What an eventful week! Where should I begin?
1. My dad’s visit
2. My son’s baptism
3. My friend Frank’s visit
4. JPUSA’s tenth annual “Fest-4-Us”
I wrote earlier about my mother’s recent death and asked for prayers especially for my dad. If you haven’t been to the blog I set up for her memory lately, there have been some really neat comments in the last week. On Tuesday night my dad arrived here in Chicago. Of course we’d all been eagerly anticipating his coming, the grandkids waited by the elevator to see him the very instant he arrived. He stayed with us from Tuesday through Sunday, sleeping in my son’s bed. It was such a joy to have him with us. We all visited Chinatown together by EL and did some light shopping. On Thursday night dad treated a few of us JPUSAs to his insights on Renewable Energy. We discussed different things we could do to move JPUSA into the green zone. I learned that going green is every bit as much about power consumption as it is infrastructure change. People have to be willing to change old habits. Dad did a lot of reading and writing while he was here. He devoured four books–I swear. One of which was CS Lewis’s book A Grief Observed, a gift from Jon Trott. He wrote at least two articles by hand, as he always does. On Sunday after lunch, dad helped baptize Chris Aaron, but I’ll get to that in a bit.
My Son’s Baptism
My son Chris Aaron will be turning eleven in a few weeks. I can’t believe how time flies. He expressed the desire to be baptized. Martha told me he’d been talking to her about it for some time. At first I was a bit offended that I was somehow out of the loop on this. So I copied a bunch of pages from the Book of Common Prayer on baptism–from the catechism, the order for Holy Baptism, and the order in a typical service. I know that sounds funny, but it was important to me that Chris Aaron really know what he was getting into. First I had him read it alone. He came back smiling and said it was cool, like a Play. I like that. Then Friday morning we went over the whole thing together. I made sure he understood the range of things involved in Baptism: renouncing the works of the Devil, public proclamation of faith, and entrance into the Church. He got it. The actual baptism was much less formal.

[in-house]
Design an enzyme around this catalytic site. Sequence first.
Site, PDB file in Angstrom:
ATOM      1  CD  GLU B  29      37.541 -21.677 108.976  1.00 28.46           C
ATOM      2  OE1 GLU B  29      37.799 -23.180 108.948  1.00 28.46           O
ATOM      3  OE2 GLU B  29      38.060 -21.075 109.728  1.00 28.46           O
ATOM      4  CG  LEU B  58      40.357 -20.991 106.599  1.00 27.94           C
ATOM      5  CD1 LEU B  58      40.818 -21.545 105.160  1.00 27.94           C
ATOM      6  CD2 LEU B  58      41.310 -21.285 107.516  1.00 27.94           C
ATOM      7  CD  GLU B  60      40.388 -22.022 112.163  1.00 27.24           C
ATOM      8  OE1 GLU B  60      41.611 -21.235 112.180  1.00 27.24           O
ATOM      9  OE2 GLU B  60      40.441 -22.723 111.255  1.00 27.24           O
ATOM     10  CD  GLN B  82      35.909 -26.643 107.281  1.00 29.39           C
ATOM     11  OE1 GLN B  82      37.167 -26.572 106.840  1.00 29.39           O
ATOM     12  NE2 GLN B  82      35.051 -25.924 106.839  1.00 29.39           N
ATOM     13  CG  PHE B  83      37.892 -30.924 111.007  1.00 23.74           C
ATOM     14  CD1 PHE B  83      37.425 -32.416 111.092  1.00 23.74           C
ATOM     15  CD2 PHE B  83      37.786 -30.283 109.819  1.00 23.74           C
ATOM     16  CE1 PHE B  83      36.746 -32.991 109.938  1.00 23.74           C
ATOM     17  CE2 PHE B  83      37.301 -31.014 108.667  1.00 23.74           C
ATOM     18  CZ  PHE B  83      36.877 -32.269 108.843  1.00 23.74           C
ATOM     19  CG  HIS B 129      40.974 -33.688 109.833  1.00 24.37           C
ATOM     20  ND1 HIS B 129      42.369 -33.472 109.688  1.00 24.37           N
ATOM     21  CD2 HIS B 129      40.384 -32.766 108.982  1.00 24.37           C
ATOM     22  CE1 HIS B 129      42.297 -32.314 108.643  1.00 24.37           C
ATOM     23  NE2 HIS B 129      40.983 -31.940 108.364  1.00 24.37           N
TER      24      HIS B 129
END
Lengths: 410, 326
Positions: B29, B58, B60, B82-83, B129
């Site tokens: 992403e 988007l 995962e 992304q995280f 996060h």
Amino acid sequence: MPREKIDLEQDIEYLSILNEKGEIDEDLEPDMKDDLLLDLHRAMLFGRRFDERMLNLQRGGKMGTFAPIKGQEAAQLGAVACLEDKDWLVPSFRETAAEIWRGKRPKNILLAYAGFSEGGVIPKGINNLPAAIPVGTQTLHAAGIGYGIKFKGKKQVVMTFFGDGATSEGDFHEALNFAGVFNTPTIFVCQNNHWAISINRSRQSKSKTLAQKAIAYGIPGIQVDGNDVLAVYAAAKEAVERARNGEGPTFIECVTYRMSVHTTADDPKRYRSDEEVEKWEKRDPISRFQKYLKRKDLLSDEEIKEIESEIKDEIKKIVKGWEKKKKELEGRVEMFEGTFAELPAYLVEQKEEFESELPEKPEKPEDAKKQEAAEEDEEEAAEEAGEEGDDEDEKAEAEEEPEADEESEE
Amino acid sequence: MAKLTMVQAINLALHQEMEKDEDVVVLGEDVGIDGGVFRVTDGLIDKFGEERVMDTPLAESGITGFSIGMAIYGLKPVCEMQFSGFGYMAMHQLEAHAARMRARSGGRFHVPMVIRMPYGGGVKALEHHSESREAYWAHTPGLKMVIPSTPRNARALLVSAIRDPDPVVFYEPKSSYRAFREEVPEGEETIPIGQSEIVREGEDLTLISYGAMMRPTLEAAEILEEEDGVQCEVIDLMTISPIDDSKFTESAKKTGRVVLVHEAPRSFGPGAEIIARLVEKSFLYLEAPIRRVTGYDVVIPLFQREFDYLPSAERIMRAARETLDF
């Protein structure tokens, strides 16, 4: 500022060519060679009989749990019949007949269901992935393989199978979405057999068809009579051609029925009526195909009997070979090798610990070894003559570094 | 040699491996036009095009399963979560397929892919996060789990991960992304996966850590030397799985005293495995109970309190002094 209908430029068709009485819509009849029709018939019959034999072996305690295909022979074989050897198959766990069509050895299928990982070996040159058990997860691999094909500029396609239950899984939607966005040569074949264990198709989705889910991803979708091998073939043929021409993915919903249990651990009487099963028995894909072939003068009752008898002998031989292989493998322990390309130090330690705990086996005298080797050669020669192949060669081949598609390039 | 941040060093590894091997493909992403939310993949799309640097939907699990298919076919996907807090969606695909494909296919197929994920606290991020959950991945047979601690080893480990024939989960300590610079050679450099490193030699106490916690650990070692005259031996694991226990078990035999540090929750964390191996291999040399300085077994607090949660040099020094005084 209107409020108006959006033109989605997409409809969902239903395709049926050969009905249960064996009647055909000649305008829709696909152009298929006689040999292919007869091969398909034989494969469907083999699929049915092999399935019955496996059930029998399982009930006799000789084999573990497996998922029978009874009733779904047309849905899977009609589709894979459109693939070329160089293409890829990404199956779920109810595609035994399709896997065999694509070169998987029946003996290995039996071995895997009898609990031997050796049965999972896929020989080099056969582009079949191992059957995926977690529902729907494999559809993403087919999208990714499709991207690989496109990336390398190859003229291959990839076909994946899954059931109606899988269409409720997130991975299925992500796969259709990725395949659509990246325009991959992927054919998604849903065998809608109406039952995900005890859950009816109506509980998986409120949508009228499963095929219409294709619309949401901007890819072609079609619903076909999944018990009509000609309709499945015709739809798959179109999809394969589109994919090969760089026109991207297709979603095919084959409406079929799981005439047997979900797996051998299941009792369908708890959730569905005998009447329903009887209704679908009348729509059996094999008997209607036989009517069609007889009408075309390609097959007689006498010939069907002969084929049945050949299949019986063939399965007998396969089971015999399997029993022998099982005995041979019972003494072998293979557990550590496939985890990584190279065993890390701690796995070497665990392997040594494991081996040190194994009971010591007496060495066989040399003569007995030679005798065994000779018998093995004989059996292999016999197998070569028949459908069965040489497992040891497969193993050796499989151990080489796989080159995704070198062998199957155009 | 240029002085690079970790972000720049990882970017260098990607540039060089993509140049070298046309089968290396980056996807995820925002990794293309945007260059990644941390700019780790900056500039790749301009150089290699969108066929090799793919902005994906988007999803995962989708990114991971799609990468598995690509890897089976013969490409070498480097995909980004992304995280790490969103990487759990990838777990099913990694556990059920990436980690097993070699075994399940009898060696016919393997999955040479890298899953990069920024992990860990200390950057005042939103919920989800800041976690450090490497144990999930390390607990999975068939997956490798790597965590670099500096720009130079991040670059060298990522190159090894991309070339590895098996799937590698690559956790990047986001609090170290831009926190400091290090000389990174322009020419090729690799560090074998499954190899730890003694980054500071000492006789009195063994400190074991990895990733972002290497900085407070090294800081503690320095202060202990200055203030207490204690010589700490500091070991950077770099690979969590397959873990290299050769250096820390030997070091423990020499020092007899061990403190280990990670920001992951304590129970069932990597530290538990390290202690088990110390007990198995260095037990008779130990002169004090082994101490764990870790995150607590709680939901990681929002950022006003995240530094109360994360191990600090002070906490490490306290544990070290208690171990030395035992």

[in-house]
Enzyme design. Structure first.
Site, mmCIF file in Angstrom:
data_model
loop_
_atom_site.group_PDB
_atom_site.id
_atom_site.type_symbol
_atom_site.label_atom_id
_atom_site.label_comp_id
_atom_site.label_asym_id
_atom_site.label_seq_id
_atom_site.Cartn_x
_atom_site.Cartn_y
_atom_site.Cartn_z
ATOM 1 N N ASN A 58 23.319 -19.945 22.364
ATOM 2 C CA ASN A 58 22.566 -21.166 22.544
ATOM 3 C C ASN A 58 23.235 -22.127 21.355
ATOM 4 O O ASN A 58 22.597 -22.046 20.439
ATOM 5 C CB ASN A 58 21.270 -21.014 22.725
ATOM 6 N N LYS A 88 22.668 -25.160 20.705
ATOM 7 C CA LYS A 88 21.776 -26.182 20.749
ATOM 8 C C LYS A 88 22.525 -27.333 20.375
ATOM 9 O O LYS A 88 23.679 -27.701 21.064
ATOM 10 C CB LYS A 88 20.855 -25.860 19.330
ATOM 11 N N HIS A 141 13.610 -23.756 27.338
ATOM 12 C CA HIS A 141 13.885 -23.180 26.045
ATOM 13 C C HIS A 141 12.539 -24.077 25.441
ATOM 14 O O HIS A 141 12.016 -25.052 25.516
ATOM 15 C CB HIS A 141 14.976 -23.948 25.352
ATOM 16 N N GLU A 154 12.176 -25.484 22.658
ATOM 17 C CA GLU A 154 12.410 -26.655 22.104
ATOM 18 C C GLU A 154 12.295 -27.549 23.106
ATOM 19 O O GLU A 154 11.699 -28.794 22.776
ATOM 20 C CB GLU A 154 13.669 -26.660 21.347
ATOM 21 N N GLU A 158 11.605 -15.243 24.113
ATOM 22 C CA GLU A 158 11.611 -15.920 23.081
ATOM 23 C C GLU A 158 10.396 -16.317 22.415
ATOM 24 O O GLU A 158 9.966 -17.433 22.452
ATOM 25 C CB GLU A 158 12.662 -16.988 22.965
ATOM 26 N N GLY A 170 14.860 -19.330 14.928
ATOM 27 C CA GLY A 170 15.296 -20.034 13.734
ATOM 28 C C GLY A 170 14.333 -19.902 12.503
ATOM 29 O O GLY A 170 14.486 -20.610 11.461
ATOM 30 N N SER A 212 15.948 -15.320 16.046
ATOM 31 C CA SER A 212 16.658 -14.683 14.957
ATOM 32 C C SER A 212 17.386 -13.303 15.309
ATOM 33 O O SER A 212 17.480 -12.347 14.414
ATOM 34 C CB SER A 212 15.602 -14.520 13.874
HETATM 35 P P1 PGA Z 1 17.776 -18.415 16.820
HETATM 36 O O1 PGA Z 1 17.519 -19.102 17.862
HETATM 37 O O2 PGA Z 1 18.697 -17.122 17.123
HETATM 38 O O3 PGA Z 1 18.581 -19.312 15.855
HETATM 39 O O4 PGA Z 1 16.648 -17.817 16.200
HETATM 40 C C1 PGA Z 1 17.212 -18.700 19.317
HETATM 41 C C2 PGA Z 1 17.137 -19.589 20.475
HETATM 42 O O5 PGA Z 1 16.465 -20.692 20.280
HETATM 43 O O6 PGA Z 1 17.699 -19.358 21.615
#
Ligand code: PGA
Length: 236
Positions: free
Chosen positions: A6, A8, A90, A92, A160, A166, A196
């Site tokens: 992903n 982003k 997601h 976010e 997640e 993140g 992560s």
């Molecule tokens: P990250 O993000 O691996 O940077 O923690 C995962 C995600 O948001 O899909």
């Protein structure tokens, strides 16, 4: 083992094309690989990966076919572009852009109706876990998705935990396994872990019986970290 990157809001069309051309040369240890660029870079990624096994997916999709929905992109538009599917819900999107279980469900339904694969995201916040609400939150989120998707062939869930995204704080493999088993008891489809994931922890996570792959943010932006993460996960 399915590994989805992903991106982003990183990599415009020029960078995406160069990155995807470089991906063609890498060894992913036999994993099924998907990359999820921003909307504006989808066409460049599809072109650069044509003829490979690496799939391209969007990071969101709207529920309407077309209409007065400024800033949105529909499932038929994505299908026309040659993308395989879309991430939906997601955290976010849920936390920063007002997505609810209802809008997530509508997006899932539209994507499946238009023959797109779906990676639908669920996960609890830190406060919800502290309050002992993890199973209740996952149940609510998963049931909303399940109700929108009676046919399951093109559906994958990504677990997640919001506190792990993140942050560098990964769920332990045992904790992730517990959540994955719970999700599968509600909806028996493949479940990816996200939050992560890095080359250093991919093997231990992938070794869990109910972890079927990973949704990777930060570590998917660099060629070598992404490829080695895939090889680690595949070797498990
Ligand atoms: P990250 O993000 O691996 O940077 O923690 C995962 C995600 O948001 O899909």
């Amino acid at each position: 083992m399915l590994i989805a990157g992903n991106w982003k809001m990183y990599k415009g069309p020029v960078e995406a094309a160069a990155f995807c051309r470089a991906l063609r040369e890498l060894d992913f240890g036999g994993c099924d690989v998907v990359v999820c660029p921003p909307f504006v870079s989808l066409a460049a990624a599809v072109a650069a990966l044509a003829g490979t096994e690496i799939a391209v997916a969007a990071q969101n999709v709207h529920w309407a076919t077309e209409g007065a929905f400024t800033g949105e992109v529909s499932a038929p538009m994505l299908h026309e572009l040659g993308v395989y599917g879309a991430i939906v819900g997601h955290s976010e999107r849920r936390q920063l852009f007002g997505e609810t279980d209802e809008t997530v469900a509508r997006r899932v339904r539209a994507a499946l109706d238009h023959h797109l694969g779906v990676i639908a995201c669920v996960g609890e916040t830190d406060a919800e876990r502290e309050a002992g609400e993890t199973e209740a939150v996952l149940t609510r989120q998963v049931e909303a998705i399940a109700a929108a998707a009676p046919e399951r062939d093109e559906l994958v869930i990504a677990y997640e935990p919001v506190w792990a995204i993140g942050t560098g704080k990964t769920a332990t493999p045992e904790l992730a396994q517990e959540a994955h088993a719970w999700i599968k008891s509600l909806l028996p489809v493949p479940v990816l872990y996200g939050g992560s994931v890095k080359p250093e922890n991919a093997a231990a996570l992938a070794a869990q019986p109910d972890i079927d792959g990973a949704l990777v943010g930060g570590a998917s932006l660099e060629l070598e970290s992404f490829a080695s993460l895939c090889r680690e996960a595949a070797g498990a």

My friend Frank’s visit
I first met Frank Zubek in Springfield Missouri late last year. I blogged about him then. The Saturday before last I met him at Navy Pier for the American Inventor auditions. I stood there with him for like six hours in the cold drizzling rain. He was pretty bummed when they weren’t interested in his invention after all that. Well, I brought Frank and the men who traveled through the night to get him here back to the House at JPUSA. I took them on a tour and then set Frank up with a room. Each day, from Saturday to the next Saturday, I took Frank around the city and talked with him about where he was coming from and where he wanted to go. He decided to stay on the streets and continue working hard to market his cube. We had a fun week together. Frank will keep in touch and I’ll be praying his cube takes off for him.
JPUSA’s tenth annual “Fest-4-Us”
How shall I explain the Fest-4-Us? Shortly after Martha and I moved in, one of our pastor’s wives here at JPUSA came up with the idea to have a yearly celebration of JPUSAs own life together. We put on a big festival in Bushnell every year, but didn’t really have something just to celebrate each other as a church family and draw close together. It has looked different from year to year but it usually involves gourmet meals, concerts, movies, baked treats, inflated “jumpy things” in the side yard (you can see them in the videos above, games, and more cotton candy and popcorn than little children can work out of their system in a given period. The final night traditionally involves a steak dinner and an awards ceremony where some folks do standup comedy, skits, and show video shorts that members have put together. So, needless to say, there’s no school today and we’re all walking around trying to work the caffeine, sugar-buzz, and lack of sleep out of our bodies. I’m glad I don’t drive a fork-lift anymore.